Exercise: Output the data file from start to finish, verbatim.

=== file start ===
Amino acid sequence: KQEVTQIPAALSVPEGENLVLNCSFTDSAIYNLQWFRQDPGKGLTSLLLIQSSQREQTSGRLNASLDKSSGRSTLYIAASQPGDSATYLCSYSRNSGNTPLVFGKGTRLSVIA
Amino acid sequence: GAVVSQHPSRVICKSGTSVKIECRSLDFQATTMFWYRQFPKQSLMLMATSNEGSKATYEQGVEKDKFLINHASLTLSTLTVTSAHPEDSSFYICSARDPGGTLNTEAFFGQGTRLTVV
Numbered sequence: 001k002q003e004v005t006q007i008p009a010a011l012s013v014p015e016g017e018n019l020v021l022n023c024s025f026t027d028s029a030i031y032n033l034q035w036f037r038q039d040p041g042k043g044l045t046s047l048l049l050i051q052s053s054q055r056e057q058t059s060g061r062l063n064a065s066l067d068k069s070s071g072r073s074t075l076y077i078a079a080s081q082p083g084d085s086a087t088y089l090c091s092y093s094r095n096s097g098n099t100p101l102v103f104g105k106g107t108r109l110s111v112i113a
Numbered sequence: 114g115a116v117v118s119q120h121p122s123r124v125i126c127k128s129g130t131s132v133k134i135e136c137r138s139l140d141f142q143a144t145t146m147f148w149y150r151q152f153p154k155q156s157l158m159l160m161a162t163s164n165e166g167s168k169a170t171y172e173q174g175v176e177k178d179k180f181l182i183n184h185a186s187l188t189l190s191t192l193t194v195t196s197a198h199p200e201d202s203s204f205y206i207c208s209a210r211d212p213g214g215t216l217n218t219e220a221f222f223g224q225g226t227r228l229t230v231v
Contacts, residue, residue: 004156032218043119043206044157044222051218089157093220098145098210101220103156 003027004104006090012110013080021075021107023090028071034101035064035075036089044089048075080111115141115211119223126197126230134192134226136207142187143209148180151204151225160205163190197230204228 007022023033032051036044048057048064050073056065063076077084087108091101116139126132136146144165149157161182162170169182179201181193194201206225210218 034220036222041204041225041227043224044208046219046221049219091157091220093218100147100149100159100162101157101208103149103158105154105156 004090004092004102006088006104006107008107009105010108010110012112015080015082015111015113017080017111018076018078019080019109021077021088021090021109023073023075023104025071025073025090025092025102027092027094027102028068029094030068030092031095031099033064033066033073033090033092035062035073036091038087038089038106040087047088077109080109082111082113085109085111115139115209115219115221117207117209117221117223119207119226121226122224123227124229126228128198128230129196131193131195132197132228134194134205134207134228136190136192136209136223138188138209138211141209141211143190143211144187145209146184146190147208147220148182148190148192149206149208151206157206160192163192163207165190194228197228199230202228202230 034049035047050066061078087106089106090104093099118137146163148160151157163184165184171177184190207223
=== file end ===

Amino acid sequence: KQEVTQIPAALSVPEGENLVLNCSFTDSAIYNLQWFRQDPGKGLTSLLLIQSSQREQTSGRLNASLDKSSGRSTLYIAASQPGDSATYLCSYSRNSGNTPLVFGKGTRLSVIA
Amino acid sequence: GAVVSQHPSRVICKSGTSVKIECRSLDFQATTMFWYRQFPKQSLMLMATSNEGSKATYEQGVEKDKFLINHASLTLSTLTVTSAHPEDSSFYICSARDPGGTLNTEAFFGQGTRLTVV
Numbered sequence: 001k002q003e004v005t006q007i008p009a010a011l012s013v014p015e016g017e018n019l020v021l022n023c024s025f026t027d028s029a030i031y032n033l034q035w036f037r038q039d040p041g042k043g044l045t046s047l048l049l050i051q052s053s054q055r056e057q058t059s060g061r062l063n064a065s066l067d068k069s070s071g072r073s074t075l076y077i078a079a080s081q082p083g084d085s086a087t088y089l090c091s092y093s094r095n096s097g098n099t100p101l102v103f104g105k106g107t108r109l110s111v112i113a
Numbered sequence: 114g115a116v117v118s119q120h121p122s123r124v125i126c127k128s129g130t131s132v133k134i135e136c137r138s139l140d141f142q143a144t145t146m147f148w149y150r151q152f153p154k155q156s157l158m159l160m161a162t163s164n165e166g167s168k169a170t171y172e173q174g175v176e177k178d179k180f181l182i183n184h185a186s187l188t189l190s191t192l193t194v195t196s197a198h199p200e201d202s203s204f205y206i207c208s209a210r211d212p213g214g215t216l217n218t219e220a221f222f223g224q225g226t227r228l229t230v231v
Contacts, residue, residue: 004156032218043119043206044157044222051218089157093220098145098210101220103156 003027004104006090012110013080021075021107023090028071034101035064035075036089044089048075080111115141115211119223126197126230134192134226136207142187143209148180151204151225160205163190197230204228 007022023033032051036044048057048064050073056065063076077084087108091101116139126132136146144165149157161182162170169182179201181193194201206225210218 034220036222041204041225041227043224044208046219046221049219091157091220093218100147100149100159100162101157101208103149103158105154105156 004090004092004102006088006104006107008107009105010108010110012112015080015082015111015113017080017111018076018078019080019109021077021088021090021109023073023075023104025071025073025090025092025102027092027094027102028068029094030068030092031095031099033064033066033073033090033092035062035073036091038087038089038106040087047088077109080109082111082113085109085111115139115209115219115221117207117209117221117223119207119226121226122224123227124229126228128198128230129196131193131195132197132228134194134205134207134228136190136192136209136223138188138209138211141209141211143190143211144187145209146184146190147208147220148182148190148192149206149208151206157206160192163192163207165190194228197228199230202228202230 034049035047050066061078087106089106090104093099118137146163148160151157163184165184171177184190207223